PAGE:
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United States Department of Agriculture

Agricultural Research Service

Title: Complementary DNA Cloning and Expression Studies for Prolactin, Growth Hormone, Somatolactin and Igf-I in Yellow Perch Perca Flavescens

item Lynn, Scott - UNIVERSITY OF KY
item Weber, Gregory
item Shepherd, Brian - UNIVERSITY OF KY

Submitted to: Book of Abstracts Aquaculture America
Publication Type: Abstract Only
Publication Acceptance Date: September 1, 2003
Publication Date: February 21, 2003
Citation: Lynn, S.L., Weber, G.M., Shepherd, B.S. 2003. Complementary dna cloning and expression studies for prolactin, growth hormone, somatolactin and igf-i in yellow perch perca flavescens. [abstract]. Book of Abstracts Aquaculture America. p. 162A

Technical Abstract: In several species of teleost, the pituitary hormones prolactin (PRL), growth hormone (GH) and somatolactin (SL) show different secretory patterns based on gender and development and can also be influenced by abiotic factors (e.g., salinity, photoperiod & temperature). Plasma insulin-like growth factors (IGFs), which are primarily produced by the liver, act as regulators of the above pituitary hormones and mediate their metabolic and osmoregulatory actions. In the Great Lakes region, yellow perch (Perca flavescens) is an important species both ecologically and economically. Being able to study the expression of the above genes in yellow perch, will provide a better understanding of the developmental, growth and reproductive roles of these hormones between males and females of this species. Thusly, we are presently examining the tissue- and gender-specificity of gene expression for PRL, GH, SL and IGF-I. Using reverse transcription-PCR and molecular cloning, the cDNA sequences of the PRL, SL, and IGF-I genes were determined in yellow perch (GH cDNA was a gift from Dr. F.W. Goetz). Total RNA was purified and first strand cDNAs were produced using 5' RACE techniques from pituitary (PRL, GH, SL) and liver (IGF-I) tissue. For cloning, primers were developed based upon conserved regions of known teleost sequences and PCR products were cloned into a plasmid and then transferred into competent E. coli cells. Cells were grown on LB agar with kanamycin to select for transformants and then specific clones were chosen, screened and grown in culture for plasmid isolation. Yellow perch PRL appears to have a unique deviation from all other known teleost prolactins such that there is a codon gap associated with bases 190-192. In all but one of other known neoteleost sequences, this codon encodes for the amino acid isoleucine at position 64.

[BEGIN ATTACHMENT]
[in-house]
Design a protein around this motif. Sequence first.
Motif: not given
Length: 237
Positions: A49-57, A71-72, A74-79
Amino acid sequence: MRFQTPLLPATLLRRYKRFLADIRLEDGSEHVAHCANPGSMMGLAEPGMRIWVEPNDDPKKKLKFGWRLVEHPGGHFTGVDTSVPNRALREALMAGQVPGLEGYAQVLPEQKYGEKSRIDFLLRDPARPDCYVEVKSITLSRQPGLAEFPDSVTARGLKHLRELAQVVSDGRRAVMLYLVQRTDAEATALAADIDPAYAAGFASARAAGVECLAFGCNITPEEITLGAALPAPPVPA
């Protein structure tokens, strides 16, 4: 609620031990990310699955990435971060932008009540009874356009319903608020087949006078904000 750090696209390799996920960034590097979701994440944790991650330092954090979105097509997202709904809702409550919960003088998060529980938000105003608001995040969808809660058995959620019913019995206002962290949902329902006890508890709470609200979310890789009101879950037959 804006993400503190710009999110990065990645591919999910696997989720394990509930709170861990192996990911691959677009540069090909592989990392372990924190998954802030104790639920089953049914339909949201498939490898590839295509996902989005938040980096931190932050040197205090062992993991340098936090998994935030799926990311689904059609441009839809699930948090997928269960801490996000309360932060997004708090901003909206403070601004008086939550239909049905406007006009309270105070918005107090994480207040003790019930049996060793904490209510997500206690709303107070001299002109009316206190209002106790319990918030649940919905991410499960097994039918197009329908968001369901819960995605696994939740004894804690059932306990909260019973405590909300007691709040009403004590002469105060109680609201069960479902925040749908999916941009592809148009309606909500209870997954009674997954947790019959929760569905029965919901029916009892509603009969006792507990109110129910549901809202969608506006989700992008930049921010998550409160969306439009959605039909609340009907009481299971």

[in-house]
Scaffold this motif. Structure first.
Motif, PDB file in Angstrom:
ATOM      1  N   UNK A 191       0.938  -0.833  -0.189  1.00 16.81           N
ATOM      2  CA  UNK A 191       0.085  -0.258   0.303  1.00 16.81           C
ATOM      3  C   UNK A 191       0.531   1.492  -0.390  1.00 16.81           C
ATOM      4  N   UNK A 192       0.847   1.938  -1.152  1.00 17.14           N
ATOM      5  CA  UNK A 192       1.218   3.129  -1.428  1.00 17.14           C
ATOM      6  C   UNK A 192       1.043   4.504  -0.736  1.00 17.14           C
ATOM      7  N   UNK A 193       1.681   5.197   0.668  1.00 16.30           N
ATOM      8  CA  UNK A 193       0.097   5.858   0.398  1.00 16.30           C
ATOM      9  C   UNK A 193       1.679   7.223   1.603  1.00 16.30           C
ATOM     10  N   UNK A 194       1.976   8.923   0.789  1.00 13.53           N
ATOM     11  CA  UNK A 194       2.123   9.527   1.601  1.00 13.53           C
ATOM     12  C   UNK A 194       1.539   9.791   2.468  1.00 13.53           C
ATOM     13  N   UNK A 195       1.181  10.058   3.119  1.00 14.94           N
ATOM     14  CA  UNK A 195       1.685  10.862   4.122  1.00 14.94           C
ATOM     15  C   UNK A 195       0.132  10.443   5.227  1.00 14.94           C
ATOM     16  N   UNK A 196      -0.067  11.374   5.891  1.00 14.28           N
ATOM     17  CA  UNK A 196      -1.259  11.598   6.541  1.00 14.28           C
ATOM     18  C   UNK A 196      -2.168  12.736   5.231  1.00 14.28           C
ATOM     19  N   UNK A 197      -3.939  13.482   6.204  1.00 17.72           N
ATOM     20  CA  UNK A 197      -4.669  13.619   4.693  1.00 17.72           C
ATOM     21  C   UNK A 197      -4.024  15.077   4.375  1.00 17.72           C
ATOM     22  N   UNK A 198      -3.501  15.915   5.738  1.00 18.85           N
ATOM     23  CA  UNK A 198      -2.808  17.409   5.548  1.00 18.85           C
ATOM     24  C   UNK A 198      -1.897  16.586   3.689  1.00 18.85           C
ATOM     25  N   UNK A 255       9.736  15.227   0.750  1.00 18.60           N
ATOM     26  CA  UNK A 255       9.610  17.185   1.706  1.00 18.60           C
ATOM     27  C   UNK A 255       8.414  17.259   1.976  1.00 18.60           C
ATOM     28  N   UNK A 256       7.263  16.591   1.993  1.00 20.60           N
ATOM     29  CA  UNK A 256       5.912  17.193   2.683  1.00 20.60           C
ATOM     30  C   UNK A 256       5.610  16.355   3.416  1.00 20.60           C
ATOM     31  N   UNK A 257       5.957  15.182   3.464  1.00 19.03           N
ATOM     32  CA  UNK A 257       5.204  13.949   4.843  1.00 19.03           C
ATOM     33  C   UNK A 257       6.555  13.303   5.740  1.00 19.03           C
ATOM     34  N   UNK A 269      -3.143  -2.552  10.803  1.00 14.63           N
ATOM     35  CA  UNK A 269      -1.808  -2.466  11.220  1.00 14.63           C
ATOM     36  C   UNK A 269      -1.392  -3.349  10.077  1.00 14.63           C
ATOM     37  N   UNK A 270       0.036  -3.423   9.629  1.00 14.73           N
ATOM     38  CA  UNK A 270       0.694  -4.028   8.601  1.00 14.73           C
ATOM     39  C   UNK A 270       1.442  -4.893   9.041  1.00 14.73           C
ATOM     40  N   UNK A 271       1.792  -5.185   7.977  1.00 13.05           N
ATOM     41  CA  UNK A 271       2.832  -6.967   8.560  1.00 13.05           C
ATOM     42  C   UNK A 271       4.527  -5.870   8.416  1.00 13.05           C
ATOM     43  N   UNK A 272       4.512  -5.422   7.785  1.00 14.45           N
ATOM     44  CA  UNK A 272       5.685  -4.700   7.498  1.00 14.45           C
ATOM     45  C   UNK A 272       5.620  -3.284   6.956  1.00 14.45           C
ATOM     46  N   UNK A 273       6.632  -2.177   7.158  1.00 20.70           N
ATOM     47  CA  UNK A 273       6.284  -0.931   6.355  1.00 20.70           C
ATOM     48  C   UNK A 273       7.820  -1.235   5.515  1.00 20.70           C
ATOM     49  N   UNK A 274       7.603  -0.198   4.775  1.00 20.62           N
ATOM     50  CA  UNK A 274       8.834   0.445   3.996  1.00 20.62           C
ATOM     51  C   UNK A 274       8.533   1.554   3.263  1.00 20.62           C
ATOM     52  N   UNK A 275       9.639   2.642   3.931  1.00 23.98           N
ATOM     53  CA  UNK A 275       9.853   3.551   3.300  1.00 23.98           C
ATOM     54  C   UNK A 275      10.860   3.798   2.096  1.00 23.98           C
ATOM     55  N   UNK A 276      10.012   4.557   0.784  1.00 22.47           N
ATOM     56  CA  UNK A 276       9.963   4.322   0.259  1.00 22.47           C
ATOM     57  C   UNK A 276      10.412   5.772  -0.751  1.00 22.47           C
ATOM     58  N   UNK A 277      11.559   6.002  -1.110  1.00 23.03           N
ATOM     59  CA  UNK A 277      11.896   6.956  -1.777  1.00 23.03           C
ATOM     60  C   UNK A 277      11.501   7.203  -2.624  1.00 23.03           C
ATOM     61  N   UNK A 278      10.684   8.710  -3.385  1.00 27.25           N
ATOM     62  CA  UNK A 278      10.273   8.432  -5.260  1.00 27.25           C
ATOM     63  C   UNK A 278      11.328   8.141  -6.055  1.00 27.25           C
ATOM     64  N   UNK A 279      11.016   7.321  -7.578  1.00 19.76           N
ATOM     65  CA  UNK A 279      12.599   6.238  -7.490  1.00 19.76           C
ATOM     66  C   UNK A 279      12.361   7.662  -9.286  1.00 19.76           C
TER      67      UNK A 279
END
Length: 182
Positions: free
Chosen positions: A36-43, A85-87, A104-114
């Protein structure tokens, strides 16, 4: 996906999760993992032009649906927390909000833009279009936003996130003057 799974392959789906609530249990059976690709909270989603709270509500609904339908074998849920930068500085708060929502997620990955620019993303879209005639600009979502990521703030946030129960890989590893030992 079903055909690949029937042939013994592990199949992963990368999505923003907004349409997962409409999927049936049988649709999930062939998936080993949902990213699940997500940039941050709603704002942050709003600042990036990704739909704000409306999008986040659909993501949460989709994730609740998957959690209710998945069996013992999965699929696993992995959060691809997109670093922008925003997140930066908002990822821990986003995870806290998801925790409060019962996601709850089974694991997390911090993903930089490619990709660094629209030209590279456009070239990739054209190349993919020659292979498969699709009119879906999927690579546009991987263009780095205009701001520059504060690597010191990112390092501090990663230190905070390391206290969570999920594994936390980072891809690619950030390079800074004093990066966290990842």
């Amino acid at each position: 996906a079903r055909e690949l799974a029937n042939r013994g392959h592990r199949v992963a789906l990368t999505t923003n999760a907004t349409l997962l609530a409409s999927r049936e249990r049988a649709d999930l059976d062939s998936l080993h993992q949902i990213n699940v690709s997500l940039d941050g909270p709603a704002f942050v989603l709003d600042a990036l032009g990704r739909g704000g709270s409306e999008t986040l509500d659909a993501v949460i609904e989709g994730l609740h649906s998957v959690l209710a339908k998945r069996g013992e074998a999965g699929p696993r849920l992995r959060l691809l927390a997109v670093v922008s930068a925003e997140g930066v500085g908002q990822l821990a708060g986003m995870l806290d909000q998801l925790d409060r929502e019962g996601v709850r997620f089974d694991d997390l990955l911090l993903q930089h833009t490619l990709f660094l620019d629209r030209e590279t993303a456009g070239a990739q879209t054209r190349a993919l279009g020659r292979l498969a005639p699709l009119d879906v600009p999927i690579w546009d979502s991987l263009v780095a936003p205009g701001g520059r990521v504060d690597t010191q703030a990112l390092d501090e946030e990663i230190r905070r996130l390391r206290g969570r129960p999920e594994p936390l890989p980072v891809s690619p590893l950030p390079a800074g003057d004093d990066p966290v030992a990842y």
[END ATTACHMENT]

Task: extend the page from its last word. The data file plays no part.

Last Modified: 4/21/2015
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